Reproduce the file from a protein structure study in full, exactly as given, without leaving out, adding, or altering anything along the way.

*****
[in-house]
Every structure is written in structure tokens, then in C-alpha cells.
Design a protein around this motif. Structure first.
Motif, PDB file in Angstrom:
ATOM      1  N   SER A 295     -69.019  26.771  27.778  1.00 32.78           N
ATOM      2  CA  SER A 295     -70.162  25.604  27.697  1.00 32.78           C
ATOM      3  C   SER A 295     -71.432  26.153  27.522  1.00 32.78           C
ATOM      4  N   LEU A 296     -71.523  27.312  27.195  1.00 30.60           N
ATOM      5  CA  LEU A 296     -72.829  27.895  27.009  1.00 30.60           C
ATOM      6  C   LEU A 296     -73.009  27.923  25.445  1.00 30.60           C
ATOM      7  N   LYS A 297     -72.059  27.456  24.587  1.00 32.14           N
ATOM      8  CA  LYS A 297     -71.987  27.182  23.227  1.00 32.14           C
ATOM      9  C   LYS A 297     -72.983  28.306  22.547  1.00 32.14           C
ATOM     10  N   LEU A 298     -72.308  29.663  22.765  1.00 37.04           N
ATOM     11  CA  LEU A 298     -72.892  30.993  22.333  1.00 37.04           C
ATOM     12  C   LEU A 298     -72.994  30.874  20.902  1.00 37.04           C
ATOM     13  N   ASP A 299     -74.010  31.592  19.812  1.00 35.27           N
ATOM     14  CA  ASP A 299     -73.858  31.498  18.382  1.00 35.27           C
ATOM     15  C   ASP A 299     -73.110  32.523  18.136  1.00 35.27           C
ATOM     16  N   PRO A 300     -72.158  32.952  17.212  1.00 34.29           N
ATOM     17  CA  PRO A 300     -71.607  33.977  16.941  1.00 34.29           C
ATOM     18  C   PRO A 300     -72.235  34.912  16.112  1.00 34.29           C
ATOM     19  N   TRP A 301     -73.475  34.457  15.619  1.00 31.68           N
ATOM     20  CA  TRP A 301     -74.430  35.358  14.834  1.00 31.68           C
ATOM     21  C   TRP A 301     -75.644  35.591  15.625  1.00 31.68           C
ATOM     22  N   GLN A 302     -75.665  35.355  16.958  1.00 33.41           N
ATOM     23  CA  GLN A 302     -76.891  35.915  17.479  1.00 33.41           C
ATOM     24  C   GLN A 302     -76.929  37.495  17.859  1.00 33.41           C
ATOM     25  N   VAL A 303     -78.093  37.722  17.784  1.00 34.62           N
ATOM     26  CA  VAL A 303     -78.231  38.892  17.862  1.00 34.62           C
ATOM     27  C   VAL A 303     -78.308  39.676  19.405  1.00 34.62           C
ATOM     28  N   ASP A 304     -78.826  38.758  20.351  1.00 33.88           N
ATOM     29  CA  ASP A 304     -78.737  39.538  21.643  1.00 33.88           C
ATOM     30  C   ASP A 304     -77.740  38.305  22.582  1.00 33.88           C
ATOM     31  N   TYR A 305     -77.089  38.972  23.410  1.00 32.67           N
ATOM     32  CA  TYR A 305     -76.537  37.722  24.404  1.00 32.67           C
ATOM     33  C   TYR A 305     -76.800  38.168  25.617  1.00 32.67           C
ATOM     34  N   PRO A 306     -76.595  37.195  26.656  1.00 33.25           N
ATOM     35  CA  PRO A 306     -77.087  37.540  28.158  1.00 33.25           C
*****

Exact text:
[in-house]
Every structure is written in structure tokens, then in C-alpha cells.
Design a protein around this motif. Structure first.
Motif, PDB file in Angstrom:
ATOM      1  N   SER A 295     -69.019  26.771  27.778  1.00 32.78           N
ATOM      2  CA  SER A 295     -70.162  25.604  27.697  1.00 32.78           C
ATOM      3  C   SER A 295     -71.432  26.153  27.522  1.00 32.78           C
ATOM      4  N   LEU A 296     -71.523  27.312  27.195  1.00 30.60           N
ATOM      5  CA  LEU A 296     -72.829  27.895  27.009  1.00 30.60           C
ATOM      6  C   LEU A 296     -73.009  27.923  25.445  1.00 30.60           C
ATOM      7  N   LYS A 297     -72.059  27.456  24.587  1.00 32.14           N
ATOM      8  CA  LYS A 297     -71.987  27.182  23.227  1.00 32.14           C
ATOM      9  C   LYS A 297     -72.983  28.306  22.547  1.00 32.14           C
ATOM     10  N   LEU A 298     -72.308  29.663  22.765  1.00 37.04           N
ATOM     11  CA  LEU A 298     -72.892  30.993  22.333  1.00 37.04           C
ATOM     12  C   LEU A 298     -72.994  30.874  20.902  1.00 37.04           C
ATOM     13  N   ASP A 299     -74.010  31.592  19.812  1.00 35.27           N
ATOM     14  CA  ASP A 299     -73.858  31.498  18.382  1.00 35.27           C
ATOM     15  C   ASP A 299     -73.110  32.523  18.136  1.00 35.27           C
ATOM     16  N   PRO A 300     -72.158  32.952  17.212  1.00 34.29           N
ATOM     17  CA  PRO A 300     -71.607  33.977  16.941  1.00 34.29           C
ATOM     18  C   PRO A 300     -72.235  34.912  16.112  1.00 34.29           C
ATOM     19  N   TRP A 301     -73.475  34.457  15.619  1.00 31.68           N
ATOM     20  CA  TRP A 301     -74.430  35.358  14.834  1.00 31.68           C
ATOM     21  C   TRP A 301     -75.644  35.591  15.625  1.00 31.68           C
ATOM     22  N   GLN A 302     -75.665  35.355  16.958  1.00 33.41           N
ATOM     23  CA  GLN A 302     -76.891  35.915  17.479  1.00 33.41           C
ATOM     24  C   GLN A 302     -76.929  37.495  17.859  1.00 33.41           C
ATOM     25  N   VAL A 303     -78.093  37.722  17.784  1.00 34.62           N
ATOM     26  CA  VAL A 303     -78.231  38.892  17.862  1.00 34.62           C
ATOM     27  C   VAL A 303     -78.308  39.676  19.405  1.00 34.62           C
ATOM     28  N   ASP A 304     -78.826  38.758  20.351  1.00 33.88           N
ATOM     29  CA  ASP A 304     -78.737  39.538  21.643  1.00 33.88           C
ATOM     30  C   ASP A 304     -77.740  38.305  22.582  1.00 33.88           C
ATOM     31  N   TYR A 305     -77.089  38.972  23.410  1.00 32.67           N
ATOM     32  CA  TYR A 305     -76.537  37.722  24.404  1.00 32.67           C
ATOM     33  C   TYR A 305     -76.800  38.168  25.617  1.00 32.67           C
ATOM     34  N   PRO A 306     -76.595  37.195  26.656  1.00 33.25           N
ATOM     35  CA  PRO A 306     -77.087  37.540  28.158  1.00 33.25           C